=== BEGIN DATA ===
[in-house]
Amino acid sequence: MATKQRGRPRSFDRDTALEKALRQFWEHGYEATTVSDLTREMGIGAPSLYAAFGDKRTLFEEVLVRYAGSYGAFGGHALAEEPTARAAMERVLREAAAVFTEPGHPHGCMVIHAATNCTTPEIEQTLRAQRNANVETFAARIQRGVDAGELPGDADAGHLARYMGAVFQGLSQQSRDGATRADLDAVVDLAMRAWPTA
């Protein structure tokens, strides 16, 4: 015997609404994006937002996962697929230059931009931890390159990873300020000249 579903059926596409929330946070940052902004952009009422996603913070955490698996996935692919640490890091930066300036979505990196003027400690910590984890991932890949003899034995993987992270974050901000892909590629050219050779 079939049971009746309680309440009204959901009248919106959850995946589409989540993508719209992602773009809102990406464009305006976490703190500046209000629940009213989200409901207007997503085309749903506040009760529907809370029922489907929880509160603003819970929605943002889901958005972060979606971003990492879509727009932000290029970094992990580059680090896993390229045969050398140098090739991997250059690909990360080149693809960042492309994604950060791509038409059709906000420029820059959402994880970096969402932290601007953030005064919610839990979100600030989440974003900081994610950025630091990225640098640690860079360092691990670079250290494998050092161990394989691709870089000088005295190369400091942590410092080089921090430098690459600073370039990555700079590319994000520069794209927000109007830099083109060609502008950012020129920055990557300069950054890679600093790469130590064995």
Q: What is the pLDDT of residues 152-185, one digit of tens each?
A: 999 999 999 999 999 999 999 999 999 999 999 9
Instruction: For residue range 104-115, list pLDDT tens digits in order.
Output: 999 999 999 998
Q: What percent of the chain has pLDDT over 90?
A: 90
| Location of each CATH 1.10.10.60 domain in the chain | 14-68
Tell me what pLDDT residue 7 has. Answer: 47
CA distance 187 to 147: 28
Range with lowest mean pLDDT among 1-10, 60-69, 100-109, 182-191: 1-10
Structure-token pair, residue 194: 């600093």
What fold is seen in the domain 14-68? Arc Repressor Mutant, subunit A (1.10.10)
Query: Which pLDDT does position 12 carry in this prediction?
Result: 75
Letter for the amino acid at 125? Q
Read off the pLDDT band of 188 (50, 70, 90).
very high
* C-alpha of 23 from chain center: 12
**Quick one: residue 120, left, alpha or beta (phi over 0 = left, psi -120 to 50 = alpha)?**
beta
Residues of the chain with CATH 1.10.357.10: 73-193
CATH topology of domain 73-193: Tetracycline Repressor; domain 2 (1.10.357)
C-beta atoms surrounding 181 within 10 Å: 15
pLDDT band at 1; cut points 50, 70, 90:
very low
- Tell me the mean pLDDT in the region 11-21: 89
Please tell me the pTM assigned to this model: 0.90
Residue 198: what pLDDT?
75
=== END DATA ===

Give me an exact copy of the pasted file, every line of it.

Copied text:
[in-house]
Amino acid sequence: MATKQRGRPRSFDRDTALEKALRQFWEHGYEATTVSDLTREMGIGAPSLYAAFGDKRTLFEEVLVRYAGSYGAFGGHALAEEPTARAAMERVLREAAAVFTEPGHPHGCMVIHAATNCTTPEIEQTLRAQRNANVETFAARIQRGVDAGELPGDADAGHLARYMGAVFQGLSQQSRDGATRADLDAVVDLAMRAWPTA
């Protein structure tokens, strides 16, 4: 015997609404994006937002996962697929230059931009931890390159990873300020000249 579903059926596409929330946070940052902004952009009422996603913070955490698996996935692919640490890091930066300036979505990196003027400690910590984890991932890949003899034995993987992270974050901000892909590629050219050779 079939049971009746309680309440009204959901009248919106959850995946589409989540993508719209992602773009809102990406464009305006976490703190500046209000629940009213989200409901207007997503085309749903506040009760529907809370029922489907929880509160603003819970929605943002889901958005972060979606971003990492879509727009932000290029970094992990580059680090896993390229045969050398140098090739991997250059690909990360080149693809960042492309994604950060791509038409059709906000420029820059959402994880970096969402932290601007953030005064919610839990979100600030989440974003900081994610950025630091990225640098640690860079360092691990670079250290494998050092161990394989691709870089000088005295190369400091942590410092080089921090430098690459600073370039990555700079590319994000520069794209927000109007830099083109060609502008950012020129920055990557300069950054890679600093790469130590064995």
Q: What is the pLDDT of residues 152-185, one digit of tens each?
A: 999 999 999 999 999 999 999 999 999 999 999 9
Instruction: For residue range 104-115, list pLDDT tens digits in order.
Output: 999 999 999 998
Q: What percent of the chain has pLDDT over 90?
A: 90
| Location of each CATH 1.10.10.60 domain in the chain | 14-68
Tell me what pLDDT residue 7 has. Answer: 47
CA distance 187 to 147: 28
Range with lowest mean pLDDT among 1-10, 60-69, 100-109, 182-191: 1-10
Structure-token pair, residue 194: 């600093």
What fold is seen in the domain 14-68? Arc Repressor Mutant, subunit A (1.10.10)
Query: Which pLDDT does position 12 carry in this prediction?
Result: 75
Letter for the amino acid at 125? Q
Read off the pLDDT band of 188 (50, 70, 90).
very high
* C-alpha of 23 from chain center: 12
**Quick one: residue 120, left, alpha or beta (phi over 0 = left, psi -120 to 50 = alpha)?**
beta
Residues of the chain with CATH 1.10.357.10: 73-193
CATH topology of domain 73-193: Tetracycline Repressor; domain 2 (1.10.357)
C-beta atoms surrounding 181 within 10 Å: 15
pLDDT band at 1; cut points 50, 70, 90:
very low
- Tell me the mean pLDDT in the region 11-21: 89
Please tell me the pTM assigned to this model: 0.90
Residue 198: what pLDDT?
75